We must tell the world of Him who loves us.

    Repent, then fight hard, Christian.

    Yes, we should fight for the right politics and policies. But more than that, we must fight for God and the gospel. For we do not wrestle against flesh and blood, but against the rulers, against the authorities, against the cosmic powers over this present darkness, against the spiritual forces of evil in the heavenly places (Eph 6:12). Our battle is ultimately a spiritual one.

    While the preaching of the gospel must not eclipse our fight for justice, the fight for justice must definitely not eclipse the preaching of the gospel.

    This is a call for my fellow believers to humbly re-evaluate their priorities and standing before God. We must ask Him to search our souls and reveal to us where we stand in our spiritual walk. We must ask Him to place the gospel at the epicenter of our hearts so that we go out into the world with eternal purpose.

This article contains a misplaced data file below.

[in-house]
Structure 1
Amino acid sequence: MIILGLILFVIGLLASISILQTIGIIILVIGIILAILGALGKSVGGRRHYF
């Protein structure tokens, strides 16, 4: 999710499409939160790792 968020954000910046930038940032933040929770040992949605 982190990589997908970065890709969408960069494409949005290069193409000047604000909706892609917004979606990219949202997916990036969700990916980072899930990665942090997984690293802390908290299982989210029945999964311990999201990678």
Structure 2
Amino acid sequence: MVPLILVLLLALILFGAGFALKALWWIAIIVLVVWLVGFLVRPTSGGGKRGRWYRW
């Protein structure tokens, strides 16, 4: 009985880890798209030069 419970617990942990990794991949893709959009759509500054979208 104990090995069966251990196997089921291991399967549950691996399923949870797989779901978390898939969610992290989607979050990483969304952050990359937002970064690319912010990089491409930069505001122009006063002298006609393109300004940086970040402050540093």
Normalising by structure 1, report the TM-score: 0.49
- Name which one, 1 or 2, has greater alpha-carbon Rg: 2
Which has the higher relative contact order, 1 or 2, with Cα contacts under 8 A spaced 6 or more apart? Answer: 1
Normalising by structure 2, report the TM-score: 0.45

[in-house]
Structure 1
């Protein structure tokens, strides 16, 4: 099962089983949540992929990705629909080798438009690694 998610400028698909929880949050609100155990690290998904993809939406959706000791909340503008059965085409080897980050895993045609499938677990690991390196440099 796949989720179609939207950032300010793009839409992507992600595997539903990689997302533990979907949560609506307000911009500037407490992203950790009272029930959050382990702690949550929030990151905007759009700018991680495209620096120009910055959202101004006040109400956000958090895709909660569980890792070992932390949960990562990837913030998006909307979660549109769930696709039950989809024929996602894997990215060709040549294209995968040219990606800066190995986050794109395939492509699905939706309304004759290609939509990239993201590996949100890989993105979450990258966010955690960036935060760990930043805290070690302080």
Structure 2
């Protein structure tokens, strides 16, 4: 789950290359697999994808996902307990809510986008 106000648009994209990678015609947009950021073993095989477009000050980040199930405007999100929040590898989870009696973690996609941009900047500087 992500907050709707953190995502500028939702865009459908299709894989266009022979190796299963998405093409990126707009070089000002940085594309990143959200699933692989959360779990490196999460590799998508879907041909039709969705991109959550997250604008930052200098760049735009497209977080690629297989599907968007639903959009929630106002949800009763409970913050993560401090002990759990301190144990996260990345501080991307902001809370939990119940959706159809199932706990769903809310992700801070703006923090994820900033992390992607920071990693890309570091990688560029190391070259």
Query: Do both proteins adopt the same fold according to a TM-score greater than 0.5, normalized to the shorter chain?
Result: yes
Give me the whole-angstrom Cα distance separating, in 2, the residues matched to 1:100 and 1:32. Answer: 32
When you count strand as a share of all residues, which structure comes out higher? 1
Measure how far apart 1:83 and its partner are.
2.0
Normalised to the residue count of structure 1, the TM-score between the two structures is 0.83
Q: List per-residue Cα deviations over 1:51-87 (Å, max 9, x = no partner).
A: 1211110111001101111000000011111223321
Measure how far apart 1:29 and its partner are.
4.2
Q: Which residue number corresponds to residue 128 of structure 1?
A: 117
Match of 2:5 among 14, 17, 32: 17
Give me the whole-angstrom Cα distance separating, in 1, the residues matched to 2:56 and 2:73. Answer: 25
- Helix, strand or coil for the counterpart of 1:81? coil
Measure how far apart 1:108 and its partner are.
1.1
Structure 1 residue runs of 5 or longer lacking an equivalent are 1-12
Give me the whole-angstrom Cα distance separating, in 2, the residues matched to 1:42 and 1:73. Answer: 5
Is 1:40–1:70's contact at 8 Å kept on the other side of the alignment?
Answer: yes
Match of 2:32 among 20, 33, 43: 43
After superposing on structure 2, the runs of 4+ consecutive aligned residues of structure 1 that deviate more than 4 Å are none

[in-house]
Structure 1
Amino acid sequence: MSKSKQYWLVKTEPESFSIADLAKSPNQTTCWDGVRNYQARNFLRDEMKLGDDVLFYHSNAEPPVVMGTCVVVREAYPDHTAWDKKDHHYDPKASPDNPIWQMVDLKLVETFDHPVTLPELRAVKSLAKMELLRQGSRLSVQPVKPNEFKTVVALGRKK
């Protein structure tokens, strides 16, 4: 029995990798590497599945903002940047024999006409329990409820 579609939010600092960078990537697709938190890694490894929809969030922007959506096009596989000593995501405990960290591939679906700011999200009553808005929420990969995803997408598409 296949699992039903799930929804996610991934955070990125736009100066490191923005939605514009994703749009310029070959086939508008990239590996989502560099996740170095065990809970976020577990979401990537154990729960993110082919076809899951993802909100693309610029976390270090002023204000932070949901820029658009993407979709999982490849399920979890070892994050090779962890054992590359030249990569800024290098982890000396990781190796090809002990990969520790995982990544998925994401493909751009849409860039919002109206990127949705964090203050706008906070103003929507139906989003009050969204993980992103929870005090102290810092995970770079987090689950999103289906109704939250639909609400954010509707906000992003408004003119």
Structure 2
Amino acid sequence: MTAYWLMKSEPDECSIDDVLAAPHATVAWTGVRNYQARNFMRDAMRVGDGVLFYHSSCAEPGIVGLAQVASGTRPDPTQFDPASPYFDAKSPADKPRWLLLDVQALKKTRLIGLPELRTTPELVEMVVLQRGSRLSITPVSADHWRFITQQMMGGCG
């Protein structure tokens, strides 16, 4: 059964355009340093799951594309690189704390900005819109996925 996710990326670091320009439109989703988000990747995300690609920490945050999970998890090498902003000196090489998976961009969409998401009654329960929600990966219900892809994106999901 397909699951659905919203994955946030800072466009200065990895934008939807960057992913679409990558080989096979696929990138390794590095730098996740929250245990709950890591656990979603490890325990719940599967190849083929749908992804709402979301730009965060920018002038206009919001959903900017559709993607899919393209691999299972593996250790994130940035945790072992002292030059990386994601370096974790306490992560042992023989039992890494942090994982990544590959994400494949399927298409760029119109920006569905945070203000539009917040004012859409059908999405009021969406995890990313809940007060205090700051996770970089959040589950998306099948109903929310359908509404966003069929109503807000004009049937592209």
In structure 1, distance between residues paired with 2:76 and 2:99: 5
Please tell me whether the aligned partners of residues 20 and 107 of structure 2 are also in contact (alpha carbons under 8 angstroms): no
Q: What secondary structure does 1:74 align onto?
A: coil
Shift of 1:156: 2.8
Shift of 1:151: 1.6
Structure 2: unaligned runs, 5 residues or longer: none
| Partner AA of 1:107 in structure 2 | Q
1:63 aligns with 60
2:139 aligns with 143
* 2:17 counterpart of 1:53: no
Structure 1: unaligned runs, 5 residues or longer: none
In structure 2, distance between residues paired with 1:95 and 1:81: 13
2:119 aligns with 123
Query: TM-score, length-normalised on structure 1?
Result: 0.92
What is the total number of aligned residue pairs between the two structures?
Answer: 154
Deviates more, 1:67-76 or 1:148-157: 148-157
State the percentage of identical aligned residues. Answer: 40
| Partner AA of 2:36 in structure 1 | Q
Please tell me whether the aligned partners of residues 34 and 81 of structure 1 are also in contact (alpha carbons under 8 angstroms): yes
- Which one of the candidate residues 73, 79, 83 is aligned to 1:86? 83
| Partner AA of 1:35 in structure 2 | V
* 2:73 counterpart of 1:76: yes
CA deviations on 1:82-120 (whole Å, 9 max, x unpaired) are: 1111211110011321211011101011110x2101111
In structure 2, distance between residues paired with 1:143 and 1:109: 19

The Great Commission
    Then the eleven disciples went to Galilee, to the mountain where Jesus had told them to go. When they saw him, they worshiped him; but some doubted. Then Jesus came to them and said, “All authority in heaven and on earth has been given to me. Therefore go and make disciples of all nations, baptizing them in the name of the Father and of the Son and of the Holy Spirit, and teaching them to obey everything I have commanded you. And surely I am with you always, to the very end of the age.”

    -Matthew 28:16-20 NIV